MM: Has this re-visiting in every sense influenced your studio practice?

DH: Yes, very definitely. It has made me look at the ways I manipulate materials in all aspects of my work. I have come to realise that painting and sculpture are performances, especially when using bitumen as a painting medium. It's never the same; whatever I drip on to the canvas can never be replicated. Although, I do make groups of works like 'Domestic Dystopias' which I'm making at the moment, which are quite large paintings that have small children, or putti, a sort of winged cupid, but depicted here creating scenes of domestic chaos in a quasi-humorous way. Paintings use similar ideas but are unrepeatable acts. Bitumen is a gestural medium and its not going to last. It will eventually rot the canvas so the paintings have their own built-in obsolescence. There are many lines of enquiry and parallels with performance and studio practice. There are lovely ways in which I see performance theory and 'Theatre of Self' reflecting what I do in the studio. The same threads are running through all of it.

MM: Would you say your use of theoretical ideas has the same relevance today?

DH: It's been good to look at my theoretical moorings. I use reading as a springboard for my work, and its quite eclectic. I like grazing and browsing. You have helped me a great deal in the writing project about my arts practice, which you in fact titled 'Acts of Survival' to focus and return to a few main sources including Adrienne Rich, Mary Kelly, Hal Foster, Elizabeth Grosz, Julie Kristeva, Luce, Irigaray, Christine Battersby and Gilles Deleuze, as their ideas have accumulated different meanings over time. Battersby and Deleuze are the ones I come back to.

MM: Why those two?

DH: I especially like the way Christine Battersby uses metaphysical arguments for fluid, gendered selfhood, making it possible for women to exist as a Subject and move and represent themselves differently, and this for me has possible links to a re-reading of Deleuze's concept of multiplicity.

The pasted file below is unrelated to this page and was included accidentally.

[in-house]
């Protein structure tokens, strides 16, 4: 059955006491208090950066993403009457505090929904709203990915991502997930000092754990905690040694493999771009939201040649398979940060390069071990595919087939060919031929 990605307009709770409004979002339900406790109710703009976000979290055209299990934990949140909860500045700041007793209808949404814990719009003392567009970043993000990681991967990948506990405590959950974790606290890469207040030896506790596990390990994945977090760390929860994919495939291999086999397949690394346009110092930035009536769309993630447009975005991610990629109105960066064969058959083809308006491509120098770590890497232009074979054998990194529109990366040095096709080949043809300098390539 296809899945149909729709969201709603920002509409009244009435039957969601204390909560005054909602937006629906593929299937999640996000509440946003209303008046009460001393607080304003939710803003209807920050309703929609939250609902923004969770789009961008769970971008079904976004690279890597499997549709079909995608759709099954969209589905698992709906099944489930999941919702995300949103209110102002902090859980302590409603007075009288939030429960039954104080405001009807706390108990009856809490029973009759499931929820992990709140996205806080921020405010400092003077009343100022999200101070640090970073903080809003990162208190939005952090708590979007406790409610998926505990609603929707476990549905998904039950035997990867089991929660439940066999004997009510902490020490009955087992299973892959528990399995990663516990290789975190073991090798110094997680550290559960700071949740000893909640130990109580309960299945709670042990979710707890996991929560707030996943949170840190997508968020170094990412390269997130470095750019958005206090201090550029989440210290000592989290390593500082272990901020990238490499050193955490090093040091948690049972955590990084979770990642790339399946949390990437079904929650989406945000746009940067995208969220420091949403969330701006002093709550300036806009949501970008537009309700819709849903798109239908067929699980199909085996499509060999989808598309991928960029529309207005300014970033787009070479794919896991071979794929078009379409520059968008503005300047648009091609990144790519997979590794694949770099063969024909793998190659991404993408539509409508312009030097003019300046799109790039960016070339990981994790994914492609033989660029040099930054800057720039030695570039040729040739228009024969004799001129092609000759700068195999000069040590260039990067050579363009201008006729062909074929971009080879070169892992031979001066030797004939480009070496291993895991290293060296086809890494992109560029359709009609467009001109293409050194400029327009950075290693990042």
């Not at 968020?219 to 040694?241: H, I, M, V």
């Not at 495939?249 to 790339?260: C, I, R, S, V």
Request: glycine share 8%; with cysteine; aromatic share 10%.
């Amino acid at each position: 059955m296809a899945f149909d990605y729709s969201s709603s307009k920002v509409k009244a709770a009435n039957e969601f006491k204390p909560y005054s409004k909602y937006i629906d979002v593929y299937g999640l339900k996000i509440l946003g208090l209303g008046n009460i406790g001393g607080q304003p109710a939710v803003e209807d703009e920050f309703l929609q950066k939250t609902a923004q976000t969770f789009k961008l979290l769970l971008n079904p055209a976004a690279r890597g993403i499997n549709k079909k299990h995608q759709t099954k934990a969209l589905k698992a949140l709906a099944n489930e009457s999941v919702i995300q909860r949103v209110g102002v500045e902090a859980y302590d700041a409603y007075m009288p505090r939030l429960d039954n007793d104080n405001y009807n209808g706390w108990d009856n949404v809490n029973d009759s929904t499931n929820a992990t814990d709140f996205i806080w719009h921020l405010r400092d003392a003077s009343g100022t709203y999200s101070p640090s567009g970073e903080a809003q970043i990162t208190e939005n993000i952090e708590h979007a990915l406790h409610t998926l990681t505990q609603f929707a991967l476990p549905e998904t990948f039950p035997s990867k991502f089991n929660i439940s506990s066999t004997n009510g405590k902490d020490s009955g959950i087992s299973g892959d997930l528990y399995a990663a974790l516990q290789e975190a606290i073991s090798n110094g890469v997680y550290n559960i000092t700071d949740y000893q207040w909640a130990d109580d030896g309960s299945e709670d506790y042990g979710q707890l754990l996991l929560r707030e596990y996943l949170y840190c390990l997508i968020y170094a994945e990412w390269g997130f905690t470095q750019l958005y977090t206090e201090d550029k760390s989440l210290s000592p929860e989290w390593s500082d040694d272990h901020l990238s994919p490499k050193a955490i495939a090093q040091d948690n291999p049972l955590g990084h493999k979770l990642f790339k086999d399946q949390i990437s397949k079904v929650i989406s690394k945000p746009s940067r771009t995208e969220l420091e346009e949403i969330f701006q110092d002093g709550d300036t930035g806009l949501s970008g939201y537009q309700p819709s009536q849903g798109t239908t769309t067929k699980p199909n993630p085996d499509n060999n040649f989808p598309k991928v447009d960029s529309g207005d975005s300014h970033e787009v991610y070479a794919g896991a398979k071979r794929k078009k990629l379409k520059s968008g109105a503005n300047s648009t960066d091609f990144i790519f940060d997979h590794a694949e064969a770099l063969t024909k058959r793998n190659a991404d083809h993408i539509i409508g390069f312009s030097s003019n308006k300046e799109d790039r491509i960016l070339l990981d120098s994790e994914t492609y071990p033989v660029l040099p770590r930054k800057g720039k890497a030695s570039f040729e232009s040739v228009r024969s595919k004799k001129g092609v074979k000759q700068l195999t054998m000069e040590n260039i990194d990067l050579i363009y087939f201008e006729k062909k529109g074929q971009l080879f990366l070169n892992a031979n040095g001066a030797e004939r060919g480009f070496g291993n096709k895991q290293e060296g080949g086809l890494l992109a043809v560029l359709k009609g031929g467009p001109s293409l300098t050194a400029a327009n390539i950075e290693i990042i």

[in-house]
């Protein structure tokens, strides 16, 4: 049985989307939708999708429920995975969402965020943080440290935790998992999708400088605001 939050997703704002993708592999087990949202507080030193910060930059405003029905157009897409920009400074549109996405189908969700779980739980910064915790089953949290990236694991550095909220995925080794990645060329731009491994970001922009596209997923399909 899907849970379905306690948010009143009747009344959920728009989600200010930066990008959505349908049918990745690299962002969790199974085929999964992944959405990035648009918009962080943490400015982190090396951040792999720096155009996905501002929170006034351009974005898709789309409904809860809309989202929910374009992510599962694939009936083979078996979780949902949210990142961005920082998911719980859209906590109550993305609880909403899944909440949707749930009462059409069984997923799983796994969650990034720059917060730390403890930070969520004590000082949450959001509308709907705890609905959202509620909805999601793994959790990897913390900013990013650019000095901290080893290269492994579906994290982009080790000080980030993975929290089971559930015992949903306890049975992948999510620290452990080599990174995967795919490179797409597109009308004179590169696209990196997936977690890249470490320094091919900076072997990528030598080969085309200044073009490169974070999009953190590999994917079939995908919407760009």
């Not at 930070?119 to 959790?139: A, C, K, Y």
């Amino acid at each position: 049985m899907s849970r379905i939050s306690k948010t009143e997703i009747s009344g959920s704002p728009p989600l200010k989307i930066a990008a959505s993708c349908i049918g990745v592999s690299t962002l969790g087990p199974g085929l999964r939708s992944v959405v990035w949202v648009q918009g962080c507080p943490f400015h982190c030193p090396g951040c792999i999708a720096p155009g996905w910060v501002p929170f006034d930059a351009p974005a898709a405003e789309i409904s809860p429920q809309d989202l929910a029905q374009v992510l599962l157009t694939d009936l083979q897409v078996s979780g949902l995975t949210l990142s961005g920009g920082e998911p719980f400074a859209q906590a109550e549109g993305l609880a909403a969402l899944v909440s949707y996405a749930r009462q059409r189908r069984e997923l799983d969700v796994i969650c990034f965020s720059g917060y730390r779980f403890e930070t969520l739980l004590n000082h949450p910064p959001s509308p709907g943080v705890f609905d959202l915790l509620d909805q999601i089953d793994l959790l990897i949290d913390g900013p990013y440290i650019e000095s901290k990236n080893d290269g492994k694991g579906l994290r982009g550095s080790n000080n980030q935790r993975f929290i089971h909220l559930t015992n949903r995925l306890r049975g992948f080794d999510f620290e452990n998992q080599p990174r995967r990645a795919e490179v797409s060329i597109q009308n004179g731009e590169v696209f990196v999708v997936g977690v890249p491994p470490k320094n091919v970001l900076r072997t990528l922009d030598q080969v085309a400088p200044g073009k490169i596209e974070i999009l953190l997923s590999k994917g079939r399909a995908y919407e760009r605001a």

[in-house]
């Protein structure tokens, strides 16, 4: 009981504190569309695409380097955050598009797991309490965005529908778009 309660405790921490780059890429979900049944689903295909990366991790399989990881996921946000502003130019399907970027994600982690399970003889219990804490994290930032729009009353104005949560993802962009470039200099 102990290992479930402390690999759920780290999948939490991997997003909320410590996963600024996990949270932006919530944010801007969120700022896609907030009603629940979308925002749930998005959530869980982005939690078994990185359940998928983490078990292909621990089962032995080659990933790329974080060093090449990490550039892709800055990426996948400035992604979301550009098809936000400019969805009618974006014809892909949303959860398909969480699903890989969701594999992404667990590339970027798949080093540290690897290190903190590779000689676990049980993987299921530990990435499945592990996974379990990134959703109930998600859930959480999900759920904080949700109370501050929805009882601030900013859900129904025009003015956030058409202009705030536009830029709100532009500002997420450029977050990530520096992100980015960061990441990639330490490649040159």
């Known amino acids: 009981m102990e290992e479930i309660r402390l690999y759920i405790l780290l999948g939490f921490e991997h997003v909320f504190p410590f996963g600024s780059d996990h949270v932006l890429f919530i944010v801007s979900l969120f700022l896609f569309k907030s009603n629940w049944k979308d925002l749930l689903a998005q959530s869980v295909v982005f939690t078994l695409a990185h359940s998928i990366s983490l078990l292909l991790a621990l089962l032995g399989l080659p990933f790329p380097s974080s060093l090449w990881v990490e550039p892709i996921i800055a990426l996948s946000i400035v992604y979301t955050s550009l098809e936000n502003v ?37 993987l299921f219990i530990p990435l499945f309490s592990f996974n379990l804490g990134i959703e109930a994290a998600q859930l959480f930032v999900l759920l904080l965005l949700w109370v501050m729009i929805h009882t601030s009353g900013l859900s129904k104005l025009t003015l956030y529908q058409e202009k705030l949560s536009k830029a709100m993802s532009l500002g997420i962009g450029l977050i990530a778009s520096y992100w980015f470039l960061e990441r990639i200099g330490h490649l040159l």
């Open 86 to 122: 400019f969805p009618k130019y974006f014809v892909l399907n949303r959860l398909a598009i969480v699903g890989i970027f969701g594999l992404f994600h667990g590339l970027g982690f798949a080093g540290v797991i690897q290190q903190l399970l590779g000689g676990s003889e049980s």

MM: Do you think viewers of your work need an understanding of the theoretical language that informs it?

DH: It's a tricky area for artists when you don't want to just illustrate a theory, you want to find visually engaging ways of making it meaningful. Artists create new languages and if audiences take away one small iota of a notion, then some of the ideas embedded in the work have successfully come through.

MM: Coming full circle, thinking about the retrospective nature of this project, how do you think your work resonates in today's world?

DH: There's a lot of renewed interest in the work of older women artists. Despite more equal trends in parenting it's obvious not enough has changed for women and mothers because if it had there would not be so many young women artists who are making work about motherhood, often using performance which is more popular as a medium now than it was in the late '90s. Feminist performance is absolutely relevant and necessary. What I've done and will carry on doing, is promoting theory and methods of working that I hope are inspiring. When I wrote my MA dissertation about motherhood and performance in 2002, it was really hard to find and reference other performances about motherhood with the exception of Bobby Baker. I'm glad that's changing.

MM: And finally, what are your plans for the future?

DH: In looking back at my performance practice, I'd like to do more - in the same vein as before. Performance can take many forms and be combined in surprising ways. Work would still be incidental and unscripted - sometimes just as conversations in the street. I've got a terrible memory and I'm not a performer so a lot of my work has often been about the slippage between characters, 'the self', and the person I'm trying to be; a tour guide, Jane Austen (picture above), or a failed palm reader who reads handbags (below). They were meant to be funny and make us think about the fluidity and malleability of gendered selves.

I'd like to use more humour -its very clear that the way to reach people and encourage them to think differently about things is to make them laugh. It does something that nothing else can. I can be far too serious. Theatre of the Self is a very serious project but I hope I can still incorporate some humour.

MM: Would this involve you collaborating with others as you have done in the past?

DH: Yes, possibly. I'd also love to do more work with my partner Nigel Bispham. He is a wonderful composer and performer and when we have time it would be great to develop some more sound installation and performance projects in the future, we haven't done anything since 2016 when we went to Venice to perform Place Settings.

MM: That is something that I really look forward to. Thank you Delpha; it has been a pleasure to work with you and to talk to you today.

WIA online article about Theatre of the Self :